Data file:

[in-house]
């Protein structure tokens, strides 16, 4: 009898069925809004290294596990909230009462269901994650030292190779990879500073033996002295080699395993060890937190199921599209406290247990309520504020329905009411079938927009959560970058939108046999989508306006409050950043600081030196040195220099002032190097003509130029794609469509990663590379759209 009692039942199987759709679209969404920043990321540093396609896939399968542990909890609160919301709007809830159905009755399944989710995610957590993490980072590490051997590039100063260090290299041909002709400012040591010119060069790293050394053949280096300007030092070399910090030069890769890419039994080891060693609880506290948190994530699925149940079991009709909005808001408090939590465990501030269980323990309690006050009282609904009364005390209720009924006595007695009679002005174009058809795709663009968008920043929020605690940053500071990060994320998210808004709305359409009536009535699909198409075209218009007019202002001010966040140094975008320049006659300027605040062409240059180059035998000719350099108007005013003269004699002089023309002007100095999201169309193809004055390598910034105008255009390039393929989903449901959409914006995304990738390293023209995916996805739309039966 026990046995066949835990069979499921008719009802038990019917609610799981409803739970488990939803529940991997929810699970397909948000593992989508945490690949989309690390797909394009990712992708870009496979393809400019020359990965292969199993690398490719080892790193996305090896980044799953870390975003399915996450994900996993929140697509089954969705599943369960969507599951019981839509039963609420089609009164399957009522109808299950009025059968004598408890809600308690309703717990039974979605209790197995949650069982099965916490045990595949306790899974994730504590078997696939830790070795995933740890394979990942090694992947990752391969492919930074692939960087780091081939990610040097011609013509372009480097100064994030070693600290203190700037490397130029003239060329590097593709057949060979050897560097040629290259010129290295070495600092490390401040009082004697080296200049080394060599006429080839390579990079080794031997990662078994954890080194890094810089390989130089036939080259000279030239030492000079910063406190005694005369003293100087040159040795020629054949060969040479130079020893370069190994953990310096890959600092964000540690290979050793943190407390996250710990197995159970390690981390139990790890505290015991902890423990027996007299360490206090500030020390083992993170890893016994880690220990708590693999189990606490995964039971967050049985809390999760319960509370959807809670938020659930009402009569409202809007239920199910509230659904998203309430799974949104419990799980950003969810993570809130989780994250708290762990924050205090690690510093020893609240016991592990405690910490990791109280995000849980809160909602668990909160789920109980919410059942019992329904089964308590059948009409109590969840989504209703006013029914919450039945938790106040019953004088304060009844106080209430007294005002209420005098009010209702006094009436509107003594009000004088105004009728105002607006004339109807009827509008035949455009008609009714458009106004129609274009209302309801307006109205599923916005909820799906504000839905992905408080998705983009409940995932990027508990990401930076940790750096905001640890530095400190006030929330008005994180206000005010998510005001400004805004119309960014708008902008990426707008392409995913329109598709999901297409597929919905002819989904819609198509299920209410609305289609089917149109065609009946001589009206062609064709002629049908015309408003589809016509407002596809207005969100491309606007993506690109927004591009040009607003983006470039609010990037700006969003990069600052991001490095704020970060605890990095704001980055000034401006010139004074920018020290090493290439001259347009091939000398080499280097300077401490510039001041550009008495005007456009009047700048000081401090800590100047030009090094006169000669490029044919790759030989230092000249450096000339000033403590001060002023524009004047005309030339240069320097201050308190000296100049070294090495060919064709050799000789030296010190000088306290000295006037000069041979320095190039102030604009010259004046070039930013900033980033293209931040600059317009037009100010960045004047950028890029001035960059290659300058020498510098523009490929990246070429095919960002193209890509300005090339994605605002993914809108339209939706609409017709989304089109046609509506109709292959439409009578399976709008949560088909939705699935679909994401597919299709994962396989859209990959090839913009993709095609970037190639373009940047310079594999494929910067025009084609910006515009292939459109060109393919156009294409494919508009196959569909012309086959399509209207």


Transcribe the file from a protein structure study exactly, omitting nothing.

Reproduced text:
[in-house]
């Protein structure tokens, strides 16, 4: 009898069925809004290294596990909230009462269901994650030292190779990879500073033996002295080699395993060890937190199921599209406290247990309520504020329905009411079938927009959560970058939108046999989508306006409050950043600081030196040195220099002032190097003509130029794609469509990663590379759209 009692039942199987759709679209969404920043990321540093396609896939399968542990909890609160919301709007809830159905009755399944989710995610957590993490980072590490051997590039100063260090290299041909002709400012040591010119060069790293050394053949280096300007030092070399910090030069890769890419039994080891060693609880506290948190994530699925149940079991009709909005808001408090939590465990501030269980323990309690006050009282609904009364005390209720009924006595007695009679002005174009058809795709663009968008920043929020605690940053500071990060994320998210808004709305359409009536009535699909198409075209218009007019202002001010966040140094975008320049006659300027605040062409240059180059035998000719350099108007005013003269004699002089023309002007100095999201169309193809004055390598910034105008255009390039393929989903449901959409914006995304990738390293023209995916996805739309039966 026990046995066949835990069979499921008719009802038990019917609610799981409803739970488990939803529940991997929810699970397909948000593992989508945490690949989309690390797909394009990712992708870009496979393809400019020359990965292969199993690398490719080892790193996305090896980044799953870390975003399915996450994900996993929140697509089954969705599943369960969507599951019981839509039963609420089609009164399957009522109808299950009025059968004598408890809600308690309703717990039974979605209790197995949650069982099965916490045990595949306790899974994730504590078997696939830790070795995933740890394979990942090694992947990752391969492919930074692939960087780091081939990610040097011609013509372009480097100064994030070693600290203190700037490397130029003239060329590097593709057949060979050897560097040629290259010129290295070495600092490390401040009082004697080296200049080394060599006429080839390579990079080794031997990662078994954890080194890094810089390989130089036939080259000279030239030492000079910063406190005694005369003293100087040159040795020629054949060969040479130079020893370069190994953990310096890959600092964000540690290979050793943190407390996250710990197995159970390690981390139990790890505290015991902890423990027996007299360490206090500030020390083992993170890893016994880690220990708590693999189990606490995964039971967050049985809390999760319960509370959807809670938020659930009402009569409202809007239920199910509230659904998203309430799974949104419990799980950003969810993570809130989780994250708290762990924050205090690690510093020893609240016991592990405690910490990791109280995000849980809160909602668990909160789920109980919410059942019992329904089964308590059948009409109590969840989504209703006013029914919450039945938790106040019953004088304060009844106080209430007294005002209420005098009010209702006094009436509107003594009000004088105004009728105002607006004339109807009827509008035949455009008609009714458009106004129609274009209302309801307006109205599923916005909820799906504000839905992905408080998705983009409940995932990027508990990401930076940790750096905001640890530095400190006030929330008005994180206000005010998510005001400004805004119309960014708008902008990426707008392409995913329109598709999901297409597929919905002819989904819609198509299920209410609305289609089917149109065609009946001589009206062609064709002629049908015309408003589809016509407002596809207005969100491309606007993506690109927004591009040009607003983006470039609010990037700006969003990069600052991001490095704020970060605890990095704001980055000034401006010139004074920018020290090493290439001259347009091939000398080499280097300077401490510039001041550009008495005007456009009047700048000081401090800590100047030009090094006169000669490029044919790759030989230092000249450096000339000033403590001060002023524009004047005309030339240069320097201050308190000296100049070294090495060919064709050799000789030296010190000088306290000295006037000069041979320095190039102030604009010259004046070039930013900033980033293209931040600059317009037009100010960045004047950028890029001035960059290659300058020498510098523009490929990246070429095919960002193209890509300005090339994605605002993914809108339209939706609409017709989304089109046609509506109709292959439409009578399976709008949560088909939705699935679909994401597919299709994962396989859209990959090839913009993709095609970037190639373009940047310079594999494929910067025009084609910006515009292939459109060109393919156009294409494919508009196959569909012309086959399509209207």